• Personalized food sensitivities
Unsurprisingly, most of these are the same factors that researchers suspect increase one’s risk of developing IBD, whereas diets high in fruits and vegetables, and low in sugar, highly processed foods, and animal fats might protect against IBD.
Proof that Diet Directly Affects IBD Flares
Basic science principles and common sense aside, is there proof that diet directly impacts IBD?
One of the best arguments to support
Exclusive enteral nutrition (EEN) involves the use of a 100% liquid diet without normal dietary components for a defined time period.
Oodles of studies published over the last 10-20 years have
EEN isn’t the only nutrition therapy for IBD that’s backed by research. Research shows the Specific Carbohydrate Diet (SCD), a popular dietary approach for IBD, to result in clinical and mucosal improvements in children with Crohn’s disease.
The SCD removes grains, starchy vegetables, lactose, soy, and most beans, sugars and food additives. Its focus is on nutrient-rich foods, including vegetables, fruits, nuts, meat, and fish.
Research suggests that these dietary interventions work because they alter the gut microbes, enhance gut barrier function, and fight inflammation through the elimination of some components of regular table food.
Key Takeaways About How Diet Affects IBD
In our eBook, Eating with IBD: The Essentials, we summarize 7 major ways that food impacts your IBD:
1. A healthy gut requires proper nutrition.
2. Your gut microbes directly affect your immune system and inflammation, and what we eat directly affects our gut microbes.
3. People with IBD are more likely to develop nutrient deficiencies, which we can prevent or correct through proper nutrition.
4. Some foods worsen chronic inflammation whereas others help fight it, and IBD is a chronic inflammatory condition.
5. Certain foods trigger unwanted IBD symptoms, such as gas, bloating, diarrhea and abdominal pain.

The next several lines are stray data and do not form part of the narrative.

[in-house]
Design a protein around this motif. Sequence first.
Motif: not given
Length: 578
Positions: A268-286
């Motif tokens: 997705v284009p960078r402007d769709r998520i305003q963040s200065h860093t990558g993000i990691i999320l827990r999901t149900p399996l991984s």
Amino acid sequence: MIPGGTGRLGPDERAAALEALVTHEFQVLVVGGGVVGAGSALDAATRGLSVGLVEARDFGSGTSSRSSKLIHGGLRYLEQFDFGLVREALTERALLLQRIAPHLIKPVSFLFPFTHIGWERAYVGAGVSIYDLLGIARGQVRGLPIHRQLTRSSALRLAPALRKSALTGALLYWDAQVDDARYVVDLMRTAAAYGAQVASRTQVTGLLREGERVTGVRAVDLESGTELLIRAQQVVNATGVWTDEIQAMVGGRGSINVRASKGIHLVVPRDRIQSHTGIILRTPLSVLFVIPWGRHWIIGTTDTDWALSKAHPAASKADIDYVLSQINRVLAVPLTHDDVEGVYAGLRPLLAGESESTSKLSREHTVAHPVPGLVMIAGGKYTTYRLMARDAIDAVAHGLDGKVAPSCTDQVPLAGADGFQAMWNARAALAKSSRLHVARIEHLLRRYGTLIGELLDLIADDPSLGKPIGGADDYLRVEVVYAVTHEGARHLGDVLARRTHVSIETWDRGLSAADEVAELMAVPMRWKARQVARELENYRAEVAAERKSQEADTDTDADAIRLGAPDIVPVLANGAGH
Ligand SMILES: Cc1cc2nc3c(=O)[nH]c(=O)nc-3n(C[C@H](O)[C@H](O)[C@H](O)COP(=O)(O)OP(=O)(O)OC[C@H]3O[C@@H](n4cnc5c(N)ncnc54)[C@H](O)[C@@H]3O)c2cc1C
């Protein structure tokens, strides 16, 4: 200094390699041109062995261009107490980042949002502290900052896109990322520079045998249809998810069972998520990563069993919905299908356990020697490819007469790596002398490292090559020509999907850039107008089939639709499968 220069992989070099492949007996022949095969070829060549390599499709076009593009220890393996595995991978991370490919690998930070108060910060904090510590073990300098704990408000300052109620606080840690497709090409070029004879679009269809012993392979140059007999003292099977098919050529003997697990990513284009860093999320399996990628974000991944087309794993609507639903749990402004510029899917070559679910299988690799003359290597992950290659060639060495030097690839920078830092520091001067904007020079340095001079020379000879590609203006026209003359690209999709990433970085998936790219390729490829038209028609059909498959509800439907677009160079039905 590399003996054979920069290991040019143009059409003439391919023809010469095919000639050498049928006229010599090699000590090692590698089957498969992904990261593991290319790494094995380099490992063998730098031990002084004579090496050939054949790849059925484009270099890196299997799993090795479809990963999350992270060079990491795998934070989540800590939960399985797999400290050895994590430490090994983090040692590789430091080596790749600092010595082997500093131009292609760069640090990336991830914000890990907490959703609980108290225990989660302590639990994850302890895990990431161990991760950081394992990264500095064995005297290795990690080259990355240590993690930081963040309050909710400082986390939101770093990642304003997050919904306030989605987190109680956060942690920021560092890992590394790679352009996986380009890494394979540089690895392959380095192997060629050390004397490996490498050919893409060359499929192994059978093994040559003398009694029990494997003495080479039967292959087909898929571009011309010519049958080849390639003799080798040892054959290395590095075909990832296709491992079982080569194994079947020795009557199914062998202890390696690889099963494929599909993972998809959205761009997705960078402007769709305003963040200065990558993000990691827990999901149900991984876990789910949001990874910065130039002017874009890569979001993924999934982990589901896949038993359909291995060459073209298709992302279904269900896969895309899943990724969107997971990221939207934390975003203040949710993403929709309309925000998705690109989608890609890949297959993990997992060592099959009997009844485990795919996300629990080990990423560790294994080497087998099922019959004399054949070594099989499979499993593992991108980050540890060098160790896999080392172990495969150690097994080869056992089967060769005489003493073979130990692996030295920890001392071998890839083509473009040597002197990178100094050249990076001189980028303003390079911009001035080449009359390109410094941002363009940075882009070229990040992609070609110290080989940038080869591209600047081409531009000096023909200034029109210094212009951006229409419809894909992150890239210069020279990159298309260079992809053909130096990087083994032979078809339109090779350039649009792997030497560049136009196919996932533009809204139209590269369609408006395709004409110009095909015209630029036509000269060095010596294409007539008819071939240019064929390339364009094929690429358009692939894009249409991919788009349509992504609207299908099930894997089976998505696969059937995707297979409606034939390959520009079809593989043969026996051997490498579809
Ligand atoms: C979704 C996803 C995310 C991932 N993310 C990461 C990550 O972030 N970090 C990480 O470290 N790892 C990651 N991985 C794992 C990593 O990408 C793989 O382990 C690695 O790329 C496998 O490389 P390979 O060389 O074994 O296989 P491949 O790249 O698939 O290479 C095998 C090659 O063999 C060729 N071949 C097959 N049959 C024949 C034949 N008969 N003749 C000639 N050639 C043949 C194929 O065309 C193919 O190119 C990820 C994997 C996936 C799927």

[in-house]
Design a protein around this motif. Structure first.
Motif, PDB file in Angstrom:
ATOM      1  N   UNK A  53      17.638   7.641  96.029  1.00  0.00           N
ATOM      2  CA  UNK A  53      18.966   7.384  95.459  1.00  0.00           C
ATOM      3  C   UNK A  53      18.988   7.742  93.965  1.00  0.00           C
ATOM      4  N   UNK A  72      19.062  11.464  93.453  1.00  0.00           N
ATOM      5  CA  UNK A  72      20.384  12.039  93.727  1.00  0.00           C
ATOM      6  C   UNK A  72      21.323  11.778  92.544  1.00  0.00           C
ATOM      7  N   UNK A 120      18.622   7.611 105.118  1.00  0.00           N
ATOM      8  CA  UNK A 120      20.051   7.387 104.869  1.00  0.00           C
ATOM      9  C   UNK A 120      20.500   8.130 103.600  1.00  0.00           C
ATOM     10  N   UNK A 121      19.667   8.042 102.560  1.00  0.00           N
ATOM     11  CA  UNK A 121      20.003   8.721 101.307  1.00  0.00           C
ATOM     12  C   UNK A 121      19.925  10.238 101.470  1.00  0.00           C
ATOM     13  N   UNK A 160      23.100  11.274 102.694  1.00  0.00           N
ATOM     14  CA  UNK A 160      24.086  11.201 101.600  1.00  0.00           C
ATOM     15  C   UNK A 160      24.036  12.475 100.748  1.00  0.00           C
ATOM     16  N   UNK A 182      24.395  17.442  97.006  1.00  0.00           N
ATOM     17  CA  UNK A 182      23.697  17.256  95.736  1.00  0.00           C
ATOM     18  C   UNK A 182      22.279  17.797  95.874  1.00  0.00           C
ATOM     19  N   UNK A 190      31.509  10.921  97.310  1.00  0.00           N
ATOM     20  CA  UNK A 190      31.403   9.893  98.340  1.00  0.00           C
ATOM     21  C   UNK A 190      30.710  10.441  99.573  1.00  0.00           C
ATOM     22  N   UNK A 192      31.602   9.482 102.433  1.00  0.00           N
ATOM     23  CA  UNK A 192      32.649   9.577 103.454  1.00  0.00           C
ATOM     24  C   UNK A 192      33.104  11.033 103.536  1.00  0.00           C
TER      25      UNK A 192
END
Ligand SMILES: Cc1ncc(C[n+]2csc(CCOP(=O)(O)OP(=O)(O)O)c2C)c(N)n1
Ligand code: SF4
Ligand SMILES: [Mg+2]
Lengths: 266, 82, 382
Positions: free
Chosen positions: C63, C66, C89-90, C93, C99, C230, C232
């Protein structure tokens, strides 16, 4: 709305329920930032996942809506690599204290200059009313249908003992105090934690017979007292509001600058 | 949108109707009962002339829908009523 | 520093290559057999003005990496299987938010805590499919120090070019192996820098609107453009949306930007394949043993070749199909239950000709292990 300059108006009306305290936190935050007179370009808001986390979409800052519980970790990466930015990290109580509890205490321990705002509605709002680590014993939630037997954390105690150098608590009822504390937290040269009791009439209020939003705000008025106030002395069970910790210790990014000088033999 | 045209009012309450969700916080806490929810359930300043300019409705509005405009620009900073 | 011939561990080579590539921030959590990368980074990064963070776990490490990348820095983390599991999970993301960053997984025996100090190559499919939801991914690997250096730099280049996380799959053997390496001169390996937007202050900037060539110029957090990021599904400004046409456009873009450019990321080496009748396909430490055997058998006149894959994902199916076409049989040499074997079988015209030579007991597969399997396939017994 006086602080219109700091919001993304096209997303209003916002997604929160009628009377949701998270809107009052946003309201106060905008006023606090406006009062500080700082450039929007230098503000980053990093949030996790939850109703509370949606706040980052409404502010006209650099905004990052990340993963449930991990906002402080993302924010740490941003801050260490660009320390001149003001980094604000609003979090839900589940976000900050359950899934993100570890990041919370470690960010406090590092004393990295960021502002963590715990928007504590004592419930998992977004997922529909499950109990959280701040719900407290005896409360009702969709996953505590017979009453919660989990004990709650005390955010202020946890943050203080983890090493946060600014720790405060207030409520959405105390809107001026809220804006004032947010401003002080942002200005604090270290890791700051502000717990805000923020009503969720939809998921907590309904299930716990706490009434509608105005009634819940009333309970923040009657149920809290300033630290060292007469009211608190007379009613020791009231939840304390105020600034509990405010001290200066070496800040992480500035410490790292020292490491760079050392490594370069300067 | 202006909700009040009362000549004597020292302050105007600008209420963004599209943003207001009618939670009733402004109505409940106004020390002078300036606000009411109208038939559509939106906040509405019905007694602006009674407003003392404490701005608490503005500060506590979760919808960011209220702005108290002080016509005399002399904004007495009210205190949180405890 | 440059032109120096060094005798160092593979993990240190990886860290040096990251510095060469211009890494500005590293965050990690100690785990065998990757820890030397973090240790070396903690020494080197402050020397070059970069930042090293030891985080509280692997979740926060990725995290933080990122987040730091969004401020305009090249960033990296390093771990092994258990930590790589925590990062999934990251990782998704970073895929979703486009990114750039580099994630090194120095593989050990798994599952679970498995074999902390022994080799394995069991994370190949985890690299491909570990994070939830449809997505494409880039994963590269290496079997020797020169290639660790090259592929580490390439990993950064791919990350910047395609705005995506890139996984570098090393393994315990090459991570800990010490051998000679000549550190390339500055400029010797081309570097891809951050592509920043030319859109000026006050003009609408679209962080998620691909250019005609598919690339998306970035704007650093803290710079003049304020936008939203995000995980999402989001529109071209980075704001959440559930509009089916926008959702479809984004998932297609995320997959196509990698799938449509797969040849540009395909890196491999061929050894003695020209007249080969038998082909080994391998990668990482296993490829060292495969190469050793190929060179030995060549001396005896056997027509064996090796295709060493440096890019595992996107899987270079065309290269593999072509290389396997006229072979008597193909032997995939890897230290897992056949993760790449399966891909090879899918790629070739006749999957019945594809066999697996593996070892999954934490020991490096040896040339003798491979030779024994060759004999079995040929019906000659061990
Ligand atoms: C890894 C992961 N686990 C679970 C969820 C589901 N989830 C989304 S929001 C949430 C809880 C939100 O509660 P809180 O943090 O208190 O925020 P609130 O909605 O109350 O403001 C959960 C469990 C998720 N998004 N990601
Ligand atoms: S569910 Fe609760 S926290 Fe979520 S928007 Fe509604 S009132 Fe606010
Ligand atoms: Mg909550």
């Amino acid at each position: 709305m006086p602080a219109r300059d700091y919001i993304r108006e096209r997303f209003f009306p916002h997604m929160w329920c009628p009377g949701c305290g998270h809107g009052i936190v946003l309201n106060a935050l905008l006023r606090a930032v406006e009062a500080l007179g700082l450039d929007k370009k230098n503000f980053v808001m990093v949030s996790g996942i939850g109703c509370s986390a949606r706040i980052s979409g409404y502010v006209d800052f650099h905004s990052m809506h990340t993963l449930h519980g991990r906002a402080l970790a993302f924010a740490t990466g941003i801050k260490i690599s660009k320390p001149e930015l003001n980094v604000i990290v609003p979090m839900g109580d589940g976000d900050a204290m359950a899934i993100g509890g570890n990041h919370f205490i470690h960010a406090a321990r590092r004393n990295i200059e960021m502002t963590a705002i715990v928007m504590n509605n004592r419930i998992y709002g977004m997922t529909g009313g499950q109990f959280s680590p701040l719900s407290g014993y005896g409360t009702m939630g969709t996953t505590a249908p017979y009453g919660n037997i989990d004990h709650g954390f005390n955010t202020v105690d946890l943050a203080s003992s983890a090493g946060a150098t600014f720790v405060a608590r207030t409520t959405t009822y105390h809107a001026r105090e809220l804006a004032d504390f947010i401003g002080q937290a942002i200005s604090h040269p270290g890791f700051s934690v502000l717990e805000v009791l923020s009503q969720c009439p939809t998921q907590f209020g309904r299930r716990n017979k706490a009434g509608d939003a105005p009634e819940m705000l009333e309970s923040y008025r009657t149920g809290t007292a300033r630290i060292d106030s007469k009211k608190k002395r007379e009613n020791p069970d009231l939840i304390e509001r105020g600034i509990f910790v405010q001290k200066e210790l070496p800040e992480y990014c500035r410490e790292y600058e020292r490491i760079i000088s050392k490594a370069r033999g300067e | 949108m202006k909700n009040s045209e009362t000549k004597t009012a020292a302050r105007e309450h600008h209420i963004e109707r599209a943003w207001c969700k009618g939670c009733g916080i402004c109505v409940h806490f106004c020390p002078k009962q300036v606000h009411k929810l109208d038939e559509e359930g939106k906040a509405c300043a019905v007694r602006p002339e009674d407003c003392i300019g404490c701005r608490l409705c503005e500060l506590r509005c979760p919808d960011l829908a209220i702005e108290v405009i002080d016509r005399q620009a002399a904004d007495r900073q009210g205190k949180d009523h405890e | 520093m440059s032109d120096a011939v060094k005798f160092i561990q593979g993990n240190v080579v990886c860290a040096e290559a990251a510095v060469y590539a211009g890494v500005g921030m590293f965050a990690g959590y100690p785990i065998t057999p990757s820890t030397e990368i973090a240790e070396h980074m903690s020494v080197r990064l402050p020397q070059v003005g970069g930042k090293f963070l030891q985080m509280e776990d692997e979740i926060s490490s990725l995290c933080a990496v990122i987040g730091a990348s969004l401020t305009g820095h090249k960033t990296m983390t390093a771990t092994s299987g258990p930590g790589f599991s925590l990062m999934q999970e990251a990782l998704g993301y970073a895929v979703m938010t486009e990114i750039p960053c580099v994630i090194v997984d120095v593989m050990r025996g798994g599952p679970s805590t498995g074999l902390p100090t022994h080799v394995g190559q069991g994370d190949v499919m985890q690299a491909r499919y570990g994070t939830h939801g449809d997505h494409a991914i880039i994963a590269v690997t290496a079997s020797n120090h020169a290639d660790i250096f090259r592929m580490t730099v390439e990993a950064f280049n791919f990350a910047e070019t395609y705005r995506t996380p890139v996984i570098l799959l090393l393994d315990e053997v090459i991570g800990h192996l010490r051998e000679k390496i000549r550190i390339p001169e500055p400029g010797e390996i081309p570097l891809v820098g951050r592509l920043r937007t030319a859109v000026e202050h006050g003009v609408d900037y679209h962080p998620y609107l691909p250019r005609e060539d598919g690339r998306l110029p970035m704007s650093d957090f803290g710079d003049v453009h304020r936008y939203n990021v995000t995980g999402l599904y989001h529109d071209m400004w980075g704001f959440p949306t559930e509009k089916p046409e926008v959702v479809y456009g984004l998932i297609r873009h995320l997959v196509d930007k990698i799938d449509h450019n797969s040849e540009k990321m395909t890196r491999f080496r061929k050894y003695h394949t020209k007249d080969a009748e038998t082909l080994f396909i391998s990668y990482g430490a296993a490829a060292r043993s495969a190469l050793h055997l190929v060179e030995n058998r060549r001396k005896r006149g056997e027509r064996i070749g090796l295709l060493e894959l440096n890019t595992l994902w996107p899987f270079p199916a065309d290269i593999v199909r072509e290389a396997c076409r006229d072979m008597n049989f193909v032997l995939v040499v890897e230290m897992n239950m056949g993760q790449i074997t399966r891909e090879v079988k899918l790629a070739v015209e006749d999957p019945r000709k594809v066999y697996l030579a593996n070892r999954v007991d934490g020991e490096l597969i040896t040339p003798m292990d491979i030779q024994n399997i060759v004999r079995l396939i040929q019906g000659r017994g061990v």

6. When you eat well for your IBD, you’re eating well for your whole body.
7. Research plus clinical and personal experience have shown us that people with IBD who eat and live well have fewer and shorter flares.
Your food choices strongly influence your IBD. There’s no doubt about it.
There’s no one perfect diet for everyone with IBD, but we hope you’ll use this information to identify health care professionals and resources to help you better understand what works for you.
We encourage you to sign up for our weekly newsletter with actionable nutrition-related tips and takeaways to improve your IBD, plus announcements about new content and products.
Check out our eBook Eating With IBD: The Essentials for more on discovering your IBD diet.
Whatever you do, please choose a gastroenterologist who values the importance of food, nutrition
Bhattacharyya S, et al. A randomized trial of the effects of the no-carrageenan diet on ulcerative colitis disease activity. Nutr Healthy Aging. 2017; 4(2): 181–192.
Bischoff SC, et al. Intestinal permeability – a new target for disease prevention and therapy. BMC Gastroenterol. 2014; 14: 189.
Cohen AB1, et al. Dietary patterns and self-reported associations of diet with symptoms of inflammatory bowel disease.Dig Dis Sci. 2013 May;58(5):1322-8.
Edward V. Loftus, Jr, MD. Update on the Incidence and Prevalence of Inflammatory Bowel Disease in the United States. Gastroenterol Hepatol (N Y). 2016 Nov; 12(11): 704–707.
Lewis JD1, Abreu MT2. Diet as a Trigger or Therapy for Inflammatory Bowel Diseases. Gastroenterology. 2017 Feb;152(2):398-414.e6.
Michielan A, D’Incà R. Intestinal Permeability in Inflammatory Bowel Disease: Pathogenesis, Clinical Evaluation, and Therapy of Leaky Gut. Mediators Inflamm. 2015; 2015: 628157.
Ricker MA1, Haas WC1. Anti-Inflammatory Diet in Clinical Practice: A Review.
Nutr Clin Pract. 2017 Jun;32(3):318-325.
Suskind DL, et al. Patients Perceive Clinical Benefit with the Specific Carbohydrate Diet for Inflammatory Bowel Disease. Dig Dis Sci. 2016 Nov;61(11):3255-3260.